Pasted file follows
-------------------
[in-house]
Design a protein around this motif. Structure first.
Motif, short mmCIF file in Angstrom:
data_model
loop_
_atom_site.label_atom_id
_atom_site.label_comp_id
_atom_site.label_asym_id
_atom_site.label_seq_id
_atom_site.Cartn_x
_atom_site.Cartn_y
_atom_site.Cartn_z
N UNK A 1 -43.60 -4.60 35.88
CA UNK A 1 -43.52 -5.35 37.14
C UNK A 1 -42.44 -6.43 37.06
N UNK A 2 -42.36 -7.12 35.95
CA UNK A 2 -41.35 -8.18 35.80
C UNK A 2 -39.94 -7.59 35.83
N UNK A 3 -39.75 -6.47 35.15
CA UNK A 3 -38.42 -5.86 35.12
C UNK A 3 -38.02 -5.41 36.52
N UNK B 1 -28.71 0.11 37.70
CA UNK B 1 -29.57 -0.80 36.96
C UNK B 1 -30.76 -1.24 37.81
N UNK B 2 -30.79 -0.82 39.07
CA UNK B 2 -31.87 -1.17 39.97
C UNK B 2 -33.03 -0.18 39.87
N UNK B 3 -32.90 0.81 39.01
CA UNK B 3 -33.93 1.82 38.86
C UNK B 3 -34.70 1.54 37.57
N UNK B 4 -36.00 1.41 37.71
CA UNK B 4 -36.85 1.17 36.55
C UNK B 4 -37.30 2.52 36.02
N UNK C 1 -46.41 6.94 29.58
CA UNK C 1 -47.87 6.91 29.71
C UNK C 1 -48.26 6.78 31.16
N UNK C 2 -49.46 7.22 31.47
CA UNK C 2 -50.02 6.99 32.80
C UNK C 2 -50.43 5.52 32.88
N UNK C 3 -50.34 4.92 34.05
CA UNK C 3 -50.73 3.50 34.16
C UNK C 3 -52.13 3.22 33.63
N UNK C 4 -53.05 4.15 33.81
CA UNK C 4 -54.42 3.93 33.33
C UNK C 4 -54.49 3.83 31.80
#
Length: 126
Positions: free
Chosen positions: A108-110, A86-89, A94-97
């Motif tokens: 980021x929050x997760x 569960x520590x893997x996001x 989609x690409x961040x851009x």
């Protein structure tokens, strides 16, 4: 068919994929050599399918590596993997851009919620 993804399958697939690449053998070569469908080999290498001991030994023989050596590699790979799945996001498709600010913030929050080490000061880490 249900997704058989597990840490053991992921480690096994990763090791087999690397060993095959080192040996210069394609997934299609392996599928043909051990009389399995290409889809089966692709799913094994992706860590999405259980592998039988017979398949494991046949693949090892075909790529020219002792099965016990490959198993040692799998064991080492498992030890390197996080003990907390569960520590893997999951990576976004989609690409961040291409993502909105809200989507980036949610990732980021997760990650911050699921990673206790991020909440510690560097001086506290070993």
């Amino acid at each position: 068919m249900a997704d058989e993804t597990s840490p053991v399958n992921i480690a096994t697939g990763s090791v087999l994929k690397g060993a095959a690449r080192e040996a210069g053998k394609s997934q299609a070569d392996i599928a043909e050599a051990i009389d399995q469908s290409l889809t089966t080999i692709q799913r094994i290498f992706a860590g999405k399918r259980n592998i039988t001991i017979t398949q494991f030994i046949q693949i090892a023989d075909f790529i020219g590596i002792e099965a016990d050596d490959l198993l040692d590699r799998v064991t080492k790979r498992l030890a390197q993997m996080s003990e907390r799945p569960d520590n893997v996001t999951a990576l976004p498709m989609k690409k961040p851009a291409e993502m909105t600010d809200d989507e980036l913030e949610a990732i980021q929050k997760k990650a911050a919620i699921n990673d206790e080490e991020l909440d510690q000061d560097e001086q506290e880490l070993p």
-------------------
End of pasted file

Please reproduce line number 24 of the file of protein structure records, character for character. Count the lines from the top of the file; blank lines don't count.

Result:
C UNK B 1 -30.76 -1.24 37.81